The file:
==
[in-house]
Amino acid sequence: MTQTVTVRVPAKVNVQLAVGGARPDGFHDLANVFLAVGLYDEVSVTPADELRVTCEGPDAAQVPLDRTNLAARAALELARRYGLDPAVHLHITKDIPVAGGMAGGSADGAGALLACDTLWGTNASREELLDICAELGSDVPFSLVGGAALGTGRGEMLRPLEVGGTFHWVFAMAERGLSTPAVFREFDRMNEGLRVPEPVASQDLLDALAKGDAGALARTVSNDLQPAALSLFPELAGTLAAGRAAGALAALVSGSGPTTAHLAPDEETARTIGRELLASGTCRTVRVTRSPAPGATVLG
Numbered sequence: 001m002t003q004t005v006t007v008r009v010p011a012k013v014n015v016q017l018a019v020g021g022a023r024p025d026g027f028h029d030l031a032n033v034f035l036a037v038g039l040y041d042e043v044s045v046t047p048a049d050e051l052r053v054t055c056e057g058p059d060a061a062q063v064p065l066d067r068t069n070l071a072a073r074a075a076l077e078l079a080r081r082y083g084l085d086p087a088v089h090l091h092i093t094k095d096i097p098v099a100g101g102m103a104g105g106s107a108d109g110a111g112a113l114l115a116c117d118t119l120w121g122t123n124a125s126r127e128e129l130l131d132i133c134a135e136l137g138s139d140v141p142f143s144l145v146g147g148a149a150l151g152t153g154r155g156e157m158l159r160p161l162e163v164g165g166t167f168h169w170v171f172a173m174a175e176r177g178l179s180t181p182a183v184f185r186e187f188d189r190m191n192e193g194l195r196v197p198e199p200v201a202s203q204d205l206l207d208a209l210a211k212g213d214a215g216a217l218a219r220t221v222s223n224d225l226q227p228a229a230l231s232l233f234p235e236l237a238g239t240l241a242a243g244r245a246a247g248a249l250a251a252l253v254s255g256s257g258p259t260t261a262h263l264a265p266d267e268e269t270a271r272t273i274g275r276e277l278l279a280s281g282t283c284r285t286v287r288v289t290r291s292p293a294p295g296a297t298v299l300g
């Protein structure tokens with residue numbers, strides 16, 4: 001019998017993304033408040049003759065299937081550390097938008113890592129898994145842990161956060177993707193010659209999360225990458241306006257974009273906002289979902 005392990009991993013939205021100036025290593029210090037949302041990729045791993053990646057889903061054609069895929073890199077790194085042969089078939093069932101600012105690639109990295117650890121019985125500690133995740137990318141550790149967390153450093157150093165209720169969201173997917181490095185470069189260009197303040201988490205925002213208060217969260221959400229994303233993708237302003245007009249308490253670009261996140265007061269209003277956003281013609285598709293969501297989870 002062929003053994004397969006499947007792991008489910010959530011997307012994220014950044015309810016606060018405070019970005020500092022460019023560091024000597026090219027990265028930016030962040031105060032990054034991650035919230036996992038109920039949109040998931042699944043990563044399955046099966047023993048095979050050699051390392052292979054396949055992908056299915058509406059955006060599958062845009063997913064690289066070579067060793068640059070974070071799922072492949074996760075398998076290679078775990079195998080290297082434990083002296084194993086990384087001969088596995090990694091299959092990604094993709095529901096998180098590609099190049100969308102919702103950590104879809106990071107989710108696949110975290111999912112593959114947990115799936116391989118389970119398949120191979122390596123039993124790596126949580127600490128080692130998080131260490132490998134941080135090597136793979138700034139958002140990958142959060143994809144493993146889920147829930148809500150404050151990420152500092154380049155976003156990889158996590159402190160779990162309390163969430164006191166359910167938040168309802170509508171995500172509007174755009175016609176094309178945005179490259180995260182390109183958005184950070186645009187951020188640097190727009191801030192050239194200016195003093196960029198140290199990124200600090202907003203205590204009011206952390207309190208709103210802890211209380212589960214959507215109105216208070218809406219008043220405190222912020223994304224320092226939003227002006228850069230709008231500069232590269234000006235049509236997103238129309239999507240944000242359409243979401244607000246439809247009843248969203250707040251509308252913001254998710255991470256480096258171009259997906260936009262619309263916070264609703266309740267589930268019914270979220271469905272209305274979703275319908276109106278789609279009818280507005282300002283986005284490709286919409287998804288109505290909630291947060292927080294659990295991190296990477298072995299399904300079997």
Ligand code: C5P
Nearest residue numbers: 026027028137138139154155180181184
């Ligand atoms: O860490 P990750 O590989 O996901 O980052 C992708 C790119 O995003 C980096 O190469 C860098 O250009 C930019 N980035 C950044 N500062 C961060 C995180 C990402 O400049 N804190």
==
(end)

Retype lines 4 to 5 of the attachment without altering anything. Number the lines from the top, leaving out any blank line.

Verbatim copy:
């Protein structure tokens with residue numbers, strides 16, 4: 001019998017993304033408040049003759065299937081550390097938008113890592129898994145842990161956060177993707193010659209999360225990458241306006257974009273906002289979902 005392990009991993013939205021100036025290593029210090037949302041990729045791993053990646057889903061054609069895929073890199077790194085042969089078939093069932101600012105690639109990295117650890121019985125500690133995740137990318141550790149967390153450093157150093165209720169969201173997917181490095185470069189260009197303040201988490205925002213208060217969260221959400229994303233993708237302003245007009249308490253670009261996140265007061269209003277956003281013609285598709293969501297989870 002062929003053994004397969006499947007792991008489910010959530011997307012994220014950044015309810016606060018405070019970005020500092022460019023560091024000597026090219027990265028930016030962040031105060032990054034991650035919230036996992038109920039949109040998931042699944043990563044399955046099966047023993048095979050050699051390392052292979054396949055992908056299915058509406059955006060599958062845009063997913064690289066070579067060793068640059070974070071799922072492949074996760075398998076290679078775990079195998080290297082434990083002296084194993086990384087001969088596995090990694091299959092990604094993709095529901096998180098590609099190049100969308102919702103950590104879809106990071107989710108696949110975290111999912112593959114947990115799936116391989118389970119398949120191979122390596123039993124790596126949580127600490128080692130998080131260490132490998134941080135090597136793979138700034139958002140990958142959060143994809144493993146889920147829930148809500150404050151990420152500092154380049155976003156990889158996590159402190160779990162309390163969430164006191166359910167938040168309802170509508171995500172509007174755009175016609176094309178945005179490259180995260182390109183958005184950070186645009187951020188640097190727009191801030192050239194200016195003093196960029198140290199990124200600090202907003203205590204009011206952390207309190208709103210802890211209380212589960214959507215109105216208070218809406219008043220405190222912020223994304224320092226939003227002006228850069230709008231500069232590269234000006235049509236997103238129309239999507240944000242359409243979401244607000246439809247009843248969203250707040251509308252913001254998710255991470256480096258171009259997906260936009262619309263916070264609703266309740267589930268019914270979220271469905272209305274979703275319908276109106278789609279009818280507005282300002283986005284490709286919409287998804288109505290909630291947060292927080294659990295991190296990477298072995299399904300079997």
Ligand code: C5P